Read more on intranasal and other vaccines: Next-generation COVID-19 vaccines are on their way
Based on what is known from influenza and depending on the formulation, though, it might be tricky to find the sweet spot in terms of developing an intranasal vaccine that is as effective in older adults, who have already been exposed to the virus, as it is in children, says Subbarao.
Mucosal immunity wanes with age, much like systemic immunity. And a recent study found that compared to adults, cells from the lining of children’s noses produced a heightened anti-viral response to early strains of SARS-CoV-2 – so intranasal vaccine candidates, if approved, may turn out to be more effective in children, much like how the FluMist nasal-spray vaccine for influenza is now used to vaccinate kids in the UK.
Scientists are also running into real difficulty recruiting participants for clinical trials, with enthusiasm to volunteer waning as the approved vaccines and booster shots are rolled out.
Mucosal immunity wanes with age, much like systemic immunity.
Griffin, who has been involved in a number of clinical trials testing all sorts of COVID-19 vaccines – from nasal-spray and oral vaccines to intramuscular shots – says scientists, funders and manufacturers should continue to be aggressive in developing new vaccines, with nasal-spray vaccines poised to be a key part of our arsenal against COVID-19.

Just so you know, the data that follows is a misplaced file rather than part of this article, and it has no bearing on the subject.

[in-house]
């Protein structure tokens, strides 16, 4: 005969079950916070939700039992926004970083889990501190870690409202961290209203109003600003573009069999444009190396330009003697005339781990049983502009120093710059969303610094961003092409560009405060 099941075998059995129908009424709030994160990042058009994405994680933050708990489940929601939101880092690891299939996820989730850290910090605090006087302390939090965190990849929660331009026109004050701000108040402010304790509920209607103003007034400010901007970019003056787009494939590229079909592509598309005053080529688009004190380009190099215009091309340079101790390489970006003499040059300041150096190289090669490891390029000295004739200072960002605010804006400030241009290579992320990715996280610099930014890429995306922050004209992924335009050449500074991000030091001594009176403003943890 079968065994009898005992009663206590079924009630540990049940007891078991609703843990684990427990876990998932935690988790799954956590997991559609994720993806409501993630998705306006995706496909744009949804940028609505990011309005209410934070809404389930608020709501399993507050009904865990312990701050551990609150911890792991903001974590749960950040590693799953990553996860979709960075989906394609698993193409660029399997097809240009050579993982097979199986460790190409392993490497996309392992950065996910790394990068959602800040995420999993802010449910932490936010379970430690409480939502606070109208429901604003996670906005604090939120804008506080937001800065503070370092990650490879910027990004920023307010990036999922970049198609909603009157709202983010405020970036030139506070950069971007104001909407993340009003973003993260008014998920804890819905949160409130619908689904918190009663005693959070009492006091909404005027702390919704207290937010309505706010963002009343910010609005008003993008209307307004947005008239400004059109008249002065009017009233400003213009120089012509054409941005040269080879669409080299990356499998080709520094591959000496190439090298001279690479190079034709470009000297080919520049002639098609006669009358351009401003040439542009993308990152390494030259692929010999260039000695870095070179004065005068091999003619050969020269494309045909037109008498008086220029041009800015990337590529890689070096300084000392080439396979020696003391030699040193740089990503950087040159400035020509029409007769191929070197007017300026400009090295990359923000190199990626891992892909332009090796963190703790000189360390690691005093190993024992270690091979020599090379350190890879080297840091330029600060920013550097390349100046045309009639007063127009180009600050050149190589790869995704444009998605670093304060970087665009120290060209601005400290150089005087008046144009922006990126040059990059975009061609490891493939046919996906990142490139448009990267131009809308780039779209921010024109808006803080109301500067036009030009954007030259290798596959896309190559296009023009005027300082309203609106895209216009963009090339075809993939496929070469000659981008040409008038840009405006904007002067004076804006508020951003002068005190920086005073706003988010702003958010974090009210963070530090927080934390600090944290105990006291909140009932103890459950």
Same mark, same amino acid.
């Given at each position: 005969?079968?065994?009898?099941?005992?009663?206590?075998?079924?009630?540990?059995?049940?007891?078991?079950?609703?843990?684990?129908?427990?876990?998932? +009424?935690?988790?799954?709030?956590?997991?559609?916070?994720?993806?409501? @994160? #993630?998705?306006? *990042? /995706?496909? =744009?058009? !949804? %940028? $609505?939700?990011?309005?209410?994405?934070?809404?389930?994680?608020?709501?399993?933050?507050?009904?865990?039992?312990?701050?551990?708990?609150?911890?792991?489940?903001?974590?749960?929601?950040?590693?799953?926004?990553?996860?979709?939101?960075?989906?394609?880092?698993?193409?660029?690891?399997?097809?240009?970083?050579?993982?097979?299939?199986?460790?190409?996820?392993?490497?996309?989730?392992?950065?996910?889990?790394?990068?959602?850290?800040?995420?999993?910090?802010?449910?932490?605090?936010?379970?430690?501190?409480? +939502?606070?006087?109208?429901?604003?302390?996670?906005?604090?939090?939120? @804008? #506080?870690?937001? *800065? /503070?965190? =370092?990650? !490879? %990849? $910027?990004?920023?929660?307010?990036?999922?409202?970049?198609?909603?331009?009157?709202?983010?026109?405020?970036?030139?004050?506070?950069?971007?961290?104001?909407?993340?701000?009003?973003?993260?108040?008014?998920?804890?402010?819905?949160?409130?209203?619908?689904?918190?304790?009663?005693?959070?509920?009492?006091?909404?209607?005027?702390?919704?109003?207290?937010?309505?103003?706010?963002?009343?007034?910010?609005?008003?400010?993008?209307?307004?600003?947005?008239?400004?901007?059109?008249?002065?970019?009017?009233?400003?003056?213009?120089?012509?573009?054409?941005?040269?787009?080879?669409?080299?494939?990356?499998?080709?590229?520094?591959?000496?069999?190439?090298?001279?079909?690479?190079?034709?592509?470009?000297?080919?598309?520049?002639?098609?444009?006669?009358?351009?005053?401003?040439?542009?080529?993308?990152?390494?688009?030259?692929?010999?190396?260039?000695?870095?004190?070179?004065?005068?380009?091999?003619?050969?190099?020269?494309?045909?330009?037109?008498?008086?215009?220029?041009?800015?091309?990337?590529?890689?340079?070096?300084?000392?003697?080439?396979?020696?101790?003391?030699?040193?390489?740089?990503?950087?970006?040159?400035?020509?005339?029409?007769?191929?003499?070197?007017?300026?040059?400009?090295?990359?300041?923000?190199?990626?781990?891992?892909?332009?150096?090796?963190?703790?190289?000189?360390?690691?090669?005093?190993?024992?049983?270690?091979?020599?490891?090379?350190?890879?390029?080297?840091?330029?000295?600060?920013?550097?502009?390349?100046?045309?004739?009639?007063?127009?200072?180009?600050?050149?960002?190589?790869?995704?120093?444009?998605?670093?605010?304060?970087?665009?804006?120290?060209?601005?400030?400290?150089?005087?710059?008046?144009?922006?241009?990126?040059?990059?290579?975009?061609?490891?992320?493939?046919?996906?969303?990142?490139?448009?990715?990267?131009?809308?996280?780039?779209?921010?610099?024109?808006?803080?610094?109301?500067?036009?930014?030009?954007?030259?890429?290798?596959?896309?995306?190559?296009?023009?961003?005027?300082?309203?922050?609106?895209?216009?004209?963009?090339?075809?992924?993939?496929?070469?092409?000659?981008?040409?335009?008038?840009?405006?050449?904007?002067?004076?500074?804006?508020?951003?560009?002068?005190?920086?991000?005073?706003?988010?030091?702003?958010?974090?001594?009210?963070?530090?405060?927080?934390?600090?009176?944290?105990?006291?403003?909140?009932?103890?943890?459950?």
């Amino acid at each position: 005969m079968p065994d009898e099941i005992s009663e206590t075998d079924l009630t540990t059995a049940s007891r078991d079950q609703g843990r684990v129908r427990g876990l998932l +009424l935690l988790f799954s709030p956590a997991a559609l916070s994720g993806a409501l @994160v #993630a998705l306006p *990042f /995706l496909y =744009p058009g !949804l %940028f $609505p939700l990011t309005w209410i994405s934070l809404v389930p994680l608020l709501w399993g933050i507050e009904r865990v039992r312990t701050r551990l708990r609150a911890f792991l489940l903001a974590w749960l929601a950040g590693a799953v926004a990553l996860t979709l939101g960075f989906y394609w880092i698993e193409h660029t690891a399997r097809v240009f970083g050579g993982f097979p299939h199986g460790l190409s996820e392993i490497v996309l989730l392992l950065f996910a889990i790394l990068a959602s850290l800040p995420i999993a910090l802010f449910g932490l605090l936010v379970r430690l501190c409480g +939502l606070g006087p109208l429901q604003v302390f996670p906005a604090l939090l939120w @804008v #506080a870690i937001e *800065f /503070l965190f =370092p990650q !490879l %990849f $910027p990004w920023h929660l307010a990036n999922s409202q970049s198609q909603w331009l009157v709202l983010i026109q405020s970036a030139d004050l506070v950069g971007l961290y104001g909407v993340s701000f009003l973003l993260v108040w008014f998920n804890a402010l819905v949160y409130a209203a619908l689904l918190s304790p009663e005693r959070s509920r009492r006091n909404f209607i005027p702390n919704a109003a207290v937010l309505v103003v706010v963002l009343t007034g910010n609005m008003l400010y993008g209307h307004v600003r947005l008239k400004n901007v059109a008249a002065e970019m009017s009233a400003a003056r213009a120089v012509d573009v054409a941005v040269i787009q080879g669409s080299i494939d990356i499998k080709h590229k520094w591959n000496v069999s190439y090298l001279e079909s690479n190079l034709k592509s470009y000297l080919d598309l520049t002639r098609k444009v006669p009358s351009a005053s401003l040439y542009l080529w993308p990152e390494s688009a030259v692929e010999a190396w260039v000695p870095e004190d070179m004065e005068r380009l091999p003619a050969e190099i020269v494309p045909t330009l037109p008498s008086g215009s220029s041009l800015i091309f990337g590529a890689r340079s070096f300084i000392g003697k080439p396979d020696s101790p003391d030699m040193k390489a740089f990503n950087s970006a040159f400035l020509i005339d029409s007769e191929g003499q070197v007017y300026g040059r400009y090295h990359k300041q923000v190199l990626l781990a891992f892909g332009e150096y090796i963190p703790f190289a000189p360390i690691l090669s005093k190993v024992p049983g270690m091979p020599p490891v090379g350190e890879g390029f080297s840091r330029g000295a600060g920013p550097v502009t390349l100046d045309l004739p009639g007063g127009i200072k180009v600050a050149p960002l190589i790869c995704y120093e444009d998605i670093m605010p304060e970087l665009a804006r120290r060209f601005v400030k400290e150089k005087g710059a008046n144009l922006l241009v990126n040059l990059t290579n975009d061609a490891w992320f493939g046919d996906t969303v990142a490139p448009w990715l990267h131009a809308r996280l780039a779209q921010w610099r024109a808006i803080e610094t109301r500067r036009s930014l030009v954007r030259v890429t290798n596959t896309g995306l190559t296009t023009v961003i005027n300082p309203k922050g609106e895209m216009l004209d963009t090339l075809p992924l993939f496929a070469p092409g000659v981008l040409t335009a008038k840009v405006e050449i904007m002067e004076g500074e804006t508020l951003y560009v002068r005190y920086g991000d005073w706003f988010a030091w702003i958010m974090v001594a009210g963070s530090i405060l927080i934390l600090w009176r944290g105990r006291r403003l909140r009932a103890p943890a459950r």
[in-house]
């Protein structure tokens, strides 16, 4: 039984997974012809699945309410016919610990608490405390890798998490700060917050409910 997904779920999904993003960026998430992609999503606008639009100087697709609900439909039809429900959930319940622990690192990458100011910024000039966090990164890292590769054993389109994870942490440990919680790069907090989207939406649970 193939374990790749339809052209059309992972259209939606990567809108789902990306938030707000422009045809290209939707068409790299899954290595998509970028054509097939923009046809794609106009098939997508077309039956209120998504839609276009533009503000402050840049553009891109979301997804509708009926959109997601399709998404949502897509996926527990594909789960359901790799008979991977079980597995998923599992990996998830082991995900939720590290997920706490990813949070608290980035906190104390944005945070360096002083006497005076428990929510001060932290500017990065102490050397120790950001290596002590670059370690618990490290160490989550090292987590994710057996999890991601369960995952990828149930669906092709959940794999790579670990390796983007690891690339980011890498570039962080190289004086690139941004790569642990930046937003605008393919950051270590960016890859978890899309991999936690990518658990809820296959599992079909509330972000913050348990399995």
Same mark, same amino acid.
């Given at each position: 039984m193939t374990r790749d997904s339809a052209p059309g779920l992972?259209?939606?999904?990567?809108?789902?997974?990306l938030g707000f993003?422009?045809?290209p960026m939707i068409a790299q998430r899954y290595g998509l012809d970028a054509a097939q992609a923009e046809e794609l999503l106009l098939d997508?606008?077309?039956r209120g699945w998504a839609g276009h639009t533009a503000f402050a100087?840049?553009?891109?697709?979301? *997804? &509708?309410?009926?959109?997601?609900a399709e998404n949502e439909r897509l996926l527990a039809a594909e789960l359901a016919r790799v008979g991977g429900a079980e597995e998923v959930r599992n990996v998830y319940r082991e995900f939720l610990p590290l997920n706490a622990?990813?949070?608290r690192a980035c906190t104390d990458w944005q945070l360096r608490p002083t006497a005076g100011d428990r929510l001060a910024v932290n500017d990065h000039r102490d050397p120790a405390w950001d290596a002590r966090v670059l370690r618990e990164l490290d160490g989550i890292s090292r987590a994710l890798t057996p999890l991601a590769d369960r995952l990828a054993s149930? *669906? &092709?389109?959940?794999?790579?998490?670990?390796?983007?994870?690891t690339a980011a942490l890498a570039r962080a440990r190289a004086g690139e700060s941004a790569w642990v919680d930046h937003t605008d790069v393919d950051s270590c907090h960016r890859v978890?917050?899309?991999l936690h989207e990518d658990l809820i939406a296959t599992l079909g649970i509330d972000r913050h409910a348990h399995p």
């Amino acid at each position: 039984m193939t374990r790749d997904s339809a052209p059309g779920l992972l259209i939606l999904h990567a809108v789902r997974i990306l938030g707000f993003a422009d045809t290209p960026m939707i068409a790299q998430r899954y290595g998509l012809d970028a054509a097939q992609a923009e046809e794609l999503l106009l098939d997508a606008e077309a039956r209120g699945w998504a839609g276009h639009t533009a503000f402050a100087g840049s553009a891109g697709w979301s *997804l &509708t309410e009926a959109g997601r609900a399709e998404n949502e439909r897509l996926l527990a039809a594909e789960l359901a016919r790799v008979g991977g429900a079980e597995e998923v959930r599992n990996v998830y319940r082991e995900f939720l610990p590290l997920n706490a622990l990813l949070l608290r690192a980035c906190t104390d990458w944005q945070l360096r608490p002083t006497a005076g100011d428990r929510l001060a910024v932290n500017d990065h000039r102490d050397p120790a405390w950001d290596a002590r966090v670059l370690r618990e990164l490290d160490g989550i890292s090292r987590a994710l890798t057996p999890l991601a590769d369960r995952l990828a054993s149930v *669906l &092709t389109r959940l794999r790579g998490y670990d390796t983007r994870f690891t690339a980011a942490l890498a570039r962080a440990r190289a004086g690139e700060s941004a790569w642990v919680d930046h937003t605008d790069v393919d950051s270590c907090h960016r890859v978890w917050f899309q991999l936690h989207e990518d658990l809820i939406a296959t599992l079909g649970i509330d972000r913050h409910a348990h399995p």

However, intranasal vaccines are not the whole story or a silver bullet, Griffin says. Oral-drop vaccines may too elicit a mucosal immune response, in the gastrointestinal tract. Variant-proof pan-coronavirus vaccines are also in the works, and the first Omicron-specific booster shot has just been approved in the UK – nine months after the variant emerged.
Developing new vaccines also doesn’t detract from how safe and effective existing vaccine are, in providing lasting protection against the worst of the disease, says Griffin. “But they certainly don’t protect from infection to a high enough degree to really alter the trajectory of this pandemic.”
Scientists are running into real difficulty recruiting participants for clinical trials, with enthusiasm to volunteer waning as the approved vaccines and booster shots are rolled out.
As time ticks on, the concern is for the growing burden of long COVID, which could be somewhat alleviated if people aren’t getting infected and reinfected. “I think that’s something that, despite where we are in the pandemic, so many people still are under appreciating,” says Griffin. Although there are many unknowns about what causes long COVID, fewer infections would undoubtedly ease the toll on health systems.
Whichever type of vaccines become available, and even with the ones we’ve got, Griffin says improving vaccine coverage in as many parts of the world as possible is vital, to protect many more people from severe disease and squash new variants.
Curbing the spread of infections with public health interventions such as masks and protecting immunocompromised people with anti-viral drugs would also go a long way to reigning in the virus, he adds. “We need to do better with the tools we have.”
Clare Watson is a freelance science journalist based in Wollongong, NSW, specialising in health, medicine and the environment.